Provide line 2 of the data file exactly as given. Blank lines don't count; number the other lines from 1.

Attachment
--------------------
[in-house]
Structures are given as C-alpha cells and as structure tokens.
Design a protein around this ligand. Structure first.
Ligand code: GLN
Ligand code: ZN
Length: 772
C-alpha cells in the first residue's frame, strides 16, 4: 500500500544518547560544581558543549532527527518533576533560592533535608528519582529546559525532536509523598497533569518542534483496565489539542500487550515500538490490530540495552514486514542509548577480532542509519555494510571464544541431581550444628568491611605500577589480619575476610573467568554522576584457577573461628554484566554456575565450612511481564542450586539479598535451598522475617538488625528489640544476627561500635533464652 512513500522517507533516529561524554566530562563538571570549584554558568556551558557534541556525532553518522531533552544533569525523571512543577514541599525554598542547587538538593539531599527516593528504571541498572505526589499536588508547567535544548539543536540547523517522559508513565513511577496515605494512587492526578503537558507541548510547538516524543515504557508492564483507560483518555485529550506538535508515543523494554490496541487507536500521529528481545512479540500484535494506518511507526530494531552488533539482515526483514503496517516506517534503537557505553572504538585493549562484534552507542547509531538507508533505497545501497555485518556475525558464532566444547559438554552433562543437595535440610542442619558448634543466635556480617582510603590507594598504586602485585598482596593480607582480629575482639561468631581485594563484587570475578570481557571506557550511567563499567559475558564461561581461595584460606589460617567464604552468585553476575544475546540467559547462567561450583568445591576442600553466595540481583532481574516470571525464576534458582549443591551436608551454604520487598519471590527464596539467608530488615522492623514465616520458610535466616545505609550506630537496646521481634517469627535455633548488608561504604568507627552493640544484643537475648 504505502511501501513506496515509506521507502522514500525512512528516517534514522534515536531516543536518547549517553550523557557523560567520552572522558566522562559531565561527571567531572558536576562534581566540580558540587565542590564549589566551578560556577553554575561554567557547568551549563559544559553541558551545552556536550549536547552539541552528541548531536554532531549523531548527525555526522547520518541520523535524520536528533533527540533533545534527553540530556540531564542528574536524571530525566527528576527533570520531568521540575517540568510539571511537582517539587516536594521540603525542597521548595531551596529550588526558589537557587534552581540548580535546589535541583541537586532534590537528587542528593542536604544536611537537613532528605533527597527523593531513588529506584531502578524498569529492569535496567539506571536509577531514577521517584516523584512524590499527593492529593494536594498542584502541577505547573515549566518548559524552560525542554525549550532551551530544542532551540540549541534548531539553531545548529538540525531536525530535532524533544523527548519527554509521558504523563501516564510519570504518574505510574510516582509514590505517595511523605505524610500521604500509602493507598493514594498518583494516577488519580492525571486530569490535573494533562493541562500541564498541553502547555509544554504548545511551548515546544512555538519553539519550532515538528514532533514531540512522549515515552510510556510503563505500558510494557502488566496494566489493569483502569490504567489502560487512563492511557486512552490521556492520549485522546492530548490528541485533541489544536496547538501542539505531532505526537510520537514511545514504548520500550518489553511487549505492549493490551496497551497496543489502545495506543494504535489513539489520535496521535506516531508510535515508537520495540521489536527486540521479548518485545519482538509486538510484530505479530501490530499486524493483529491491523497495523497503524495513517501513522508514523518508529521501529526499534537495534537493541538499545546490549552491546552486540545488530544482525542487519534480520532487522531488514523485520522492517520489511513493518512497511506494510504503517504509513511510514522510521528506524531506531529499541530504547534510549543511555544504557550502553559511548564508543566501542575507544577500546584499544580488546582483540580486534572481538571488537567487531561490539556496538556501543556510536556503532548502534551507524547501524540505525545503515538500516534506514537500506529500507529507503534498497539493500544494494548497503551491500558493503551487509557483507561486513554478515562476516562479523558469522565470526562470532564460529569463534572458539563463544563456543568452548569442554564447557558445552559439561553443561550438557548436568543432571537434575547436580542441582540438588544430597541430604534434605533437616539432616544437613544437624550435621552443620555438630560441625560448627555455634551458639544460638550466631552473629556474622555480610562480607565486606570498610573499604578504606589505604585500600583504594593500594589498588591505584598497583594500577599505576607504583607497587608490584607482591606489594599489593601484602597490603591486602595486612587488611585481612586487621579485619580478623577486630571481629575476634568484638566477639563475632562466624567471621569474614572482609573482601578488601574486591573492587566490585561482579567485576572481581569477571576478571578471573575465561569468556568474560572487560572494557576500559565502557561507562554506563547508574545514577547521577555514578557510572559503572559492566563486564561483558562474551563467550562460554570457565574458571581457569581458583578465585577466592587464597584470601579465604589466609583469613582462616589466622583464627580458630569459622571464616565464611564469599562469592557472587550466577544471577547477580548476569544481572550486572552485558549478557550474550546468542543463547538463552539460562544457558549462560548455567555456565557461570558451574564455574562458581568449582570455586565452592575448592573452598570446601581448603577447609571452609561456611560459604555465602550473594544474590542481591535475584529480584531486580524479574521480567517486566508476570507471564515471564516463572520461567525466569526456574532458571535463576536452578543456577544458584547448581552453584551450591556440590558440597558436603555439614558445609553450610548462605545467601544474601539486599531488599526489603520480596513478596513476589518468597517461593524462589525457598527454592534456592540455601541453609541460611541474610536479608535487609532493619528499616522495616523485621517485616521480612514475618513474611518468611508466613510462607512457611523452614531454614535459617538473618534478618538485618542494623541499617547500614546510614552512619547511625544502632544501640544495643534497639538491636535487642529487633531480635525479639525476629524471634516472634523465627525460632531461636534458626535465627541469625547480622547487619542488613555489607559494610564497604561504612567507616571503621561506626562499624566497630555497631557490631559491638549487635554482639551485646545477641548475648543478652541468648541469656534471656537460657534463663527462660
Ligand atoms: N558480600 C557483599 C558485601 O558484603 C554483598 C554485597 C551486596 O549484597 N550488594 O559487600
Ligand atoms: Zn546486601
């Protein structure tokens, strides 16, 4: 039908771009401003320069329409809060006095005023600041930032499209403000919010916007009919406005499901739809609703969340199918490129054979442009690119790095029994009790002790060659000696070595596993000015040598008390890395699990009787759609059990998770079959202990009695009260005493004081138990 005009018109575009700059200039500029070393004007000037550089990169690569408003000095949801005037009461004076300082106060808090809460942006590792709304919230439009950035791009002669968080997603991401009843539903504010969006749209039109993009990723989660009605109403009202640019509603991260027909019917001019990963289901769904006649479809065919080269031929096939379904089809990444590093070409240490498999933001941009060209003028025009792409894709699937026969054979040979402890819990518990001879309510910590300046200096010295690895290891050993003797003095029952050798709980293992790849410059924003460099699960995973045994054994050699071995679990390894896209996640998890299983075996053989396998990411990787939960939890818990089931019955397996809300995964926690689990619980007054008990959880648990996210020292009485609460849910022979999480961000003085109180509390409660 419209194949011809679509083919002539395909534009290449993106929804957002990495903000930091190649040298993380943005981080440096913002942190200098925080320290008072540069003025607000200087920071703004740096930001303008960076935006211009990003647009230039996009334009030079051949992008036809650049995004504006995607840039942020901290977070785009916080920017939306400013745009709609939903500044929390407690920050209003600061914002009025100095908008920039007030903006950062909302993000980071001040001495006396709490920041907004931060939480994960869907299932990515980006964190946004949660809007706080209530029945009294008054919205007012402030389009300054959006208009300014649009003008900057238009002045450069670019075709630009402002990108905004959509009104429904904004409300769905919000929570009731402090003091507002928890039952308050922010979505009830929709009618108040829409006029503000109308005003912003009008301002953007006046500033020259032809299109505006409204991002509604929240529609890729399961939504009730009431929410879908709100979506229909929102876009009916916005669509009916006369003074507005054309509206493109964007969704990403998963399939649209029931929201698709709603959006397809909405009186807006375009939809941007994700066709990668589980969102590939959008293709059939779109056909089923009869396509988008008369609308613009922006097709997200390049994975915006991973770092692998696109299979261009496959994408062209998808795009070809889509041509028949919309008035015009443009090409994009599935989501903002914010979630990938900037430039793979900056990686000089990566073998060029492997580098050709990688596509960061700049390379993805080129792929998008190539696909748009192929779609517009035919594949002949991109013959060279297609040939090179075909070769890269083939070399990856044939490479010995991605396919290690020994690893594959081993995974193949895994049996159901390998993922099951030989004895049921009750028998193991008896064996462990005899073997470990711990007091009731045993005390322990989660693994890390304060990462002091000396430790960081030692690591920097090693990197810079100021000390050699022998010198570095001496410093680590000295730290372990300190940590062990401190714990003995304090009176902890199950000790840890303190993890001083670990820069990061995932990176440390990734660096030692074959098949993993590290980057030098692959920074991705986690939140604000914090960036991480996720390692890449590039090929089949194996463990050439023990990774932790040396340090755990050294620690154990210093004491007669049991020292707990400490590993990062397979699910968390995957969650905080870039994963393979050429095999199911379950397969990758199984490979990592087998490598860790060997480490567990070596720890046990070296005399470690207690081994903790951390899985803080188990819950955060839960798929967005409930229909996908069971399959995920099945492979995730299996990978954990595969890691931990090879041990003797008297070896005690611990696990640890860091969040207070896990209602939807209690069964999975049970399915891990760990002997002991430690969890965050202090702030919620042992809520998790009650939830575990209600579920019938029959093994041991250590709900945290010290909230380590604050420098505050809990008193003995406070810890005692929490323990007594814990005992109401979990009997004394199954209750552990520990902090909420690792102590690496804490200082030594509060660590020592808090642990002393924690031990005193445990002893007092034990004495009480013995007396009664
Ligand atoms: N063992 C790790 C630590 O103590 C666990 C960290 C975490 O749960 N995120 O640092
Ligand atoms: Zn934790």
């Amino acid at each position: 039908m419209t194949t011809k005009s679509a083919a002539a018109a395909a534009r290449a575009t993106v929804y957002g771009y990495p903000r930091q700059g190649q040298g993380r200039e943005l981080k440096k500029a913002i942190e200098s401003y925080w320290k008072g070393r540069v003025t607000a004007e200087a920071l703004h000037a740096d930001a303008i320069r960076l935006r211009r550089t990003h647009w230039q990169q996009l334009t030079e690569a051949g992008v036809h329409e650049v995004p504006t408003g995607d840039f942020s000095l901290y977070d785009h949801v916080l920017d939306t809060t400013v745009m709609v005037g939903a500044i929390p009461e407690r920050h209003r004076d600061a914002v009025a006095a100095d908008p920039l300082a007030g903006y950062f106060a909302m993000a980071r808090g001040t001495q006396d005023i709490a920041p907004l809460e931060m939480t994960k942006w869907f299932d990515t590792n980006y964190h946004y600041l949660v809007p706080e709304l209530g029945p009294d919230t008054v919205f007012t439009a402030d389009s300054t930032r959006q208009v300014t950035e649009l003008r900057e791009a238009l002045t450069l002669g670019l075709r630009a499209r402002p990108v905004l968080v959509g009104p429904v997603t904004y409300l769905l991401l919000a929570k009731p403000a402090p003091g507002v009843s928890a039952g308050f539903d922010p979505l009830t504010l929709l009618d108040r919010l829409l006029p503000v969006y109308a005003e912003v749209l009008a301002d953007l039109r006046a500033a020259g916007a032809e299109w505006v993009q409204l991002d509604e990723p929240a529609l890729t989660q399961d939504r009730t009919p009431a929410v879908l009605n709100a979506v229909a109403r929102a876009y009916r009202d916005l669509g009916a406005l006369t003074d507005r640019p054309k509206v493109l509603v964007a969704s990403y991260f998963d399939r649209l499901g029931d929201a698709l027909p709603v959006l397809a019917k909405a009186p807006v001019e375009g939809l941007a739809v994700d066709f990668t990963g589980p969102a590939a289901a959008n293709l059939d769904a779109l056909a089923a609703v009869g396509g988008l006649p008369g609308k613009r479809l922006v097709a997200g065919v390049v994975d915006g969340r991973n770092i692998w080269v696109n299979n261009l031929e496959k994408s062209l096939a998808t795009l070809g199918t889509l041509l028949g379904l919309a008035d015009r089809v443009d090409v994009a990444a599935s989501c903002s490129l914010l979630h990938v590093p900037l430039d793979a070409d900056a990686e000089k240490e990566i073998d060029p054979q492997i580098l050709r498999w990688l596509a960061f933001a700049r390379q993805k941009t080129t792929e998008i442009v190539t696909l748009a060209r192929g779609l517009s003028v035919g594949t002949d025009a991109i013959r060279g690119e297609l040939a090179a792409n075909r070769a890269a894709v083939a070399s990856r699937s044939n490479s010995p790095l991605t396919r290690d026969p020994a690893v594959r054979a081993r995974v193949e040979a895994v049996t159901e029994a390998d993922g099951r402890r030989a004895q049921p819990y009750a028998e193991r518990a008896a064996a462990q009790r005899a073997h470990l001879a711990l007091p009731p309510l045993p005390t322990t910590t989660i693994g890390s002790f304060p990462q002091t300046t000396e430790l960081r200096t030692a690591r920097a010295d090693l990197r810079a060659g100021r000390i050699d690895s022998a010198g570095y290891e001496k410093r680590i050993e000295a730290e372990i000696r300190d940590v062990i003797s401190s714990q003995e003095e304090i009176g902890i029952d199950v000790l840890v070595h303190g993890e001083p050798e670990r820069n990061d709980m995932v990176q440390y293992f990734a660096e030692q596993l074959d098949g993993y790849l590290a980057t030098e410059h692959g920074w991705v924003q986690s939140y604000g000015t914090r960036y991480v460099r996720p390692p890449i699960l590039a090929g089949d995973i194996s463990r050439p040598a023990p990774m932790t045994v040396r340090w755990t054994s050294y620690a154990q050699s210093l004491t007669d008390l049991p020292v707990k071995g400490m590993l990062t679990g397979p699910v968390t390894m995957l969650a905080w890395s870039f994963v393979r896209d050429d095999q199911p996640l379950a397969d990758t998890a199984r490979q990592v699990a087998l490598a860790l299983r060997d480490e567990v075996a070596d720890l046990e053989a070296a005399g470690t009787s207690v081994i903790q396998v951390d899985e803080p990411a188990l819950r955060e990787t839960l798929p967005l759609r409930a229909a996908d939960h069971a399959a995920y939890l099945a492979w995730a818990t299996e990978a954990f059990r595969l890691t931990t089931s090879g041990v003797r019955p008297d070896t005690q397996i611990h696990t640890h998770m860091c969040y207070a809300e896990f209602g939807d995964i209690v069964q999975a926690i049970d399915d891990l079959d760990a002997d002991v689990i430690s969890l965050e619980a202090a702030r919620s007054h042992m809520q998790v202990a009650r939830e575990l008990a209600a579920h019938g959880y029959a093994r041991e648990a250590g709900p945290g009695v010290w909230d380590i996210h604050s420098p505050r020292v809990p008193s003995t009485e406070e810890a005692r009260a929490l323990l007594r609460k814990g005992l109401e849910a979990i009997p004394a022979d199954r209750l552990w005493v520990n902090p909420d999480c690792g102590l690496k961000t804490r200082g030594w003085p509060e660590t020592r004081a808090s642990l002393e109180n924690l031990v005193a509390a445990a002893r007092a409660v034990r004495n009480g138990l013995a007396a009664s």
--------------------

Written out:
Structures are given as C-alpha cells and as structure tokens.